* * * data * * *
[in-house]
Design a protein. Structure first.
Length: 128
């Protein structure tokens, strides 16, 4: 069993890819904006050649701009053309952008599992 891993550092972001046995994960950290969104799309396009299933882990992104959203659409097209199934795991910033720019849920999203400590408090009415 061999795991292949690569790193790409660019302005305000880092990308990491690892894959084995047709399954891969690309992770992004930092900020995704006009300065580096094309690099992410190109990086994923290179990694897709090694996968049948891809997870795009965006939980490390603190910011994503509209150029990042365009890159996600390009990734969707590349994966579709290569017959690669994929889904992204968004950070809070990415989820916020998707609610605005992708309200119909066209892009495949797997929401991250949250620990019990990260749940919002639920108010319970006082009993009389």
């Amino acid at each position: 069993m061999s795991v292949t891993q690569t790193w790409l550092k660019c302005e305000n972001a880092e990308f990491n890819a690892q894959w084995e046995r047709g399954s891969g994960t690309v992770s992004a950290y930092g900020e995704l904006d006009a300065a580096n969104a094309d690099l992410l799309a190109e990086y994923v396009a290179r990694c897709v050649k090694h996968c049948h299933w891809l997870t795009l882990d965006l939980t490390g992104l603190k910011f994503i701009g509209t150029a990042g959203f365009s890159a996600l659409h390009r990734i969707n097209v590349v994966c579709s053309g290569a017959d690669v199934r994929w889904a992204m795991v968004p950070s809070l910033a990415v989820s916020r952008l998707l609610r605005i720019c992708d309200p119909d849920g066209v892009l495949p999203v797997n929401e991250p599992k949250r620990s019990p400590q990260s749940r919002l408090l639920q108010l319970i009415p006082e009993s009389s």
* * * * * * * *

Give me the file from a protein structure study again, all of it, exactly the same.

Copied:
[in-house]
Design a protein. Structure first.
Length: 128
């Protein structure tokens, strides 16, 4: 069993890819904006050649701009053309952008599992 891993550092972001046995994960950290969104799309396009299933882990992104959203659409097209199934795991910033720019849920999203400590408090009415 061999795991292949690569790193790409660019302005305000880092990308990491690892894959084995047709399954891969690309992770992004930092900020995704006009300065580096094309690099992410190109990086994923290179990694897709090694996968049948891809997870795009965006939980490390603190910011994503509209150029990042365009890159996600390009990734969707590349994966579709290569017959690669994929889904992204968004950070809070990415989820916020998707609610605005992708309200119909066209892009495949797997929401991250949250620990019990990260749940919002639920108010319970006082009993009389």
């Amino acid at each position: 069993m061999s795991v292949t891993q690569t790193w790409l550092k660019c302005e305000n972001a880092e990308f990491n890819a690892q894959w084995e046995r047709g399954s891969g994960t690309v992770s992004a950290y930092g900020e995704l904006d006009a300065a580096n969104a094309d690099l992410l799309a190109e990086y994923v396009a290179r990694c897709v050649k090694h996968c049948h299933w891809l997870t795009l882990d965006l939980t490390g992104l603190k910011f994503i701009g509209t150029a990042g959203f365009s890159a996600l659409h390009r990734i969707n097209v590349v994966c579709s053309g290569a017959d690669v199934r994929w889904a992204m795991v968004p950070s809070l910033a990415v989820s916020r952008l998707l609610r605005i720019c992708d309200p119909d849920g066209v892009l495949p999203v797997n929401e991250p599992k949250r620990s019990p400590q990260s749940r919002l408090l639920q108010l319970i009415p006082e009993s009389s």